In the past decade, the transgender community has made huge strides increasing visibility -- and making it clear that trans folks are not sexual predators, but are in fact more at risk for sexual assault and other violence. Trans people are the ones whose safety and human rights are at risk.
Despite that hard work, it turns out many cisgender folks still don't have positive attitudes about their trans neighbors. Nontrans folks still don't get that transgender people just want regular lives, jobs, relationships, and rights, and to be treated with a little dignity.
New data from YouGov confirms this sad truth. The market research company surveyed hundreds of cisgender folks, about their attitudes toward trans individuals. The results weren't the most heartwarming.
Of 1,682 cisgender respondents who answered the question, 24 percent believed that being transgender is either "definitely" or "probably" a mental illness, and 47 percent believed that being transgender is also either "definitely" or "probably" a choice.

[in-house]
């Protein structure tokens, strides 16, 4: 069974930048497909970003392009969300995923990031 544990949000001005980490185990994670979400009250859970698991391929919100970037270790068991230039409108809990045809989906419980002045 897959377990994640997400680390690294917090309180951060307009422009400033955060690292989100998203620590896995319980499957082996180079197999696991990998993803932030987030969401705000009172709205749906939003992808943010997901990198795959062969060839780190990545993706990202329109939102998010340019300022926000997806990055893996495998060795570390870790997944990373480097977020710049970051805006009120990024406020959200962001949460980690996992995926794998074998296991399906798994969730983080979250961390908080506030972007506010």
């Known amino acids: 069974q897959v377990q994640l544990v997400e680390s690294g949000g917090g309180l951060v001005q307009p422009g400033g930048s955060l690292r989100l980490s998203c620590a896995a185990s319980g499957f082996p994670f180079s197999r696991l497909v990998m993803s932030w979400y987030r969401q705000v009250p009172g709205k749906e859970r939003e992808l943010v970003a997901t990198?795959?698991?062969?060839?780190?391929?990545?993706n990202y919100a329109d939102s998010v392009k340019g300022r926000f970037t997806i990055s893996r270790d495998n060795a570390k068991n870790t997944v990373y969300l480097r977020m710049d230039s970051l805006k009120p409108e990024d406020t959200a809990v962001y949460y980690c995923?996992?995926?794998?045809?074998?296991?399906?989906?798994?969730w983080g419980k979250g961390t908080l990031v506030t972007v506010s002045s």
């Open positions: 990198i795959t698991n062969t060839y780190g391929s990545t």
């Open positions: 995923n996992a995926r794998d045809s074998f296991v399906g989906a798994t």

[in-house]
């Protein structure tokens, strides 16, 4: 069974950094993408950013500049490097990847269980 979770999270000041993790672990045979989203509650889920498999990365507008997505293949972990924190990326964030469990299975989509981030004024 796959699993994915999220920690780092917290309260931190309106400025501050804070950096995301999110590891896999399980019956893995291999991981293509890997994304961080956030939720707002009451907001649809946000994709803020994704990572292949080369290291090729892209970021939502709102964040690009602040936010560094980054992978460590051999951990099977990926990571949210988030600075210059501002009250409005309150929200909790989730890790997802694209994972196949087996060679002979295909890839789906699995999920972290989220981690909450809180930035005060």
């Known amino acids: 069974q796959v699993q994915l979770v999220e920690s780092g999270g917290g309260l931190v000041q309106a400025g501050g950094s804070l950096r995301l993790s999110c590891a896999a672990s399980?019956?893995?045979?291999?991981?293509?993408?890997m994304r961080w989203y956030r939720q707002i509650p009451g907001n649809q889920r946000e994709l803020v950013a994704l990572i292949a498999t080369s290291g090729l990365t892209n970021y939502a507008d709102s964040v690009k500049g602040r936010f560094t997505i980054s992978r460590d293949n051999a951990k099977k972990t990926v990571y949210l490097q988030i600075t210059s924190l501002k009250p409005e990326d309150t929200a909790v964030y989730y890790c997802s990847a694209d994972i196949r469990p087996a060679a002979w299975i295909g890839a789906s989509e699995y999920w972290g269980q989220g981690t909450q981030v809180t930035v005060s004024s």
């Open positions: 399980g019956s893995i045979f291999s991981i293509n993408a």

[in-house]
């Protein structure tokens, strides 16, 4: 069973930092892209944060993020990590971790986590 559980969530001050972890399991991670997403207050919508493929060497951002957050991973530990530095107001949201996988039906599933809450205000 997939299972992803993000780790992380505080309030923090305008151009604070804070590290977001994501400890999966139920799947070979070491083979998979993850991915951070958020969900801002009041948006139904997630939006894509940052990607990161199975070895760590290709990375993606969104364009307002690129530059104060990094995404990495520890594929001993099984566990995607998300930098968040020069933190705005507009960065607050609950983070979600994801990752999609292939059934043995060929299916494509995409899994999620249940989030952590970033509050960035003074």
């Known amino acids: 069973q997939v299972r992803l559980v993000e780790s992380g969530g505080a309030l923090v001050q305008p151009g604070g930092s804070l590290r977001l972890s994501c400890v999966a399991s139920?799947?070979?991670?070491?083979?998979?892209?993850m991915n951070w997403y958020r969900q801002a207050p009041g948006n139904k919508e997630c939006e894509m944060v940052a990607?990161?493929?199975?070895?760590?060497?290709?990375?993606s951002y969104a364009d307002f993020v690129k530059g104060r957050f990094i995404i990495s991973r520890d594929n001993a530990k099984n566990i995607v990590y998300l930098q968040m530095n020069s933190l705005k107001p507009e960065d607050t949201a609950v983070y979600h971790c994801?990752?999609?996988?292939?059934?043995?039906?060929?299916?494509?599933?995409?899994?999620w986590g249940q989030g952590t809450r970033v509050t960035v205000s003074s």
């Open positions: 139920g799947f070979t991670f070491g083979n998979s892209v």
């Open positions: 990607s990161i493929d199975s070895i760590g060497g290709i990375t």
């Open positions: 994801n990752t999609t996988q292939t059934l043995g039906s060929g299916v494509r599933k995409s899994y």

While the analyses didn't look at this directly, one could hypothesize that knowing a trans person might make respondents less likely to believe being trans is a mental illness or choice. Unfortunately, only half of the 2,191 people surveyed said they knew someone who identified as transgender.
Still the majority said they would support their best friend if they came out trans: 52 percent said they'd "strongly support" while 19 percent said they would "somewhat support" their best friend if they were trans.
YouGov also explored love prospects for transgender individuals. Only 17 percent of male respondents said they would be open to dating a trans woman, and only 21 percent of female respondents said they'd be open to dating a trans man. Although roughly 75 percent of study respondents identified as heterosexual, nearly as many said they'd be open to dating a same-sex trans person (16 percent of female respondents would date a trans woman while 14 percent of male respondents said they'd date a trans man).
Oddly, fewer admitted they'd have sex with a trans person than date them; only 14 percent of males said they'd have sex with a trans woman and 17 percent of female respondents said they'd have sex with a trans man. When it comes to nonbinary trans people, 14 percent of men and 15 percent of women would consider having sex with such a partner. A higher number -- 19 percent of females and 16 percent of males -- would consider dating someone with a nonbinary gender.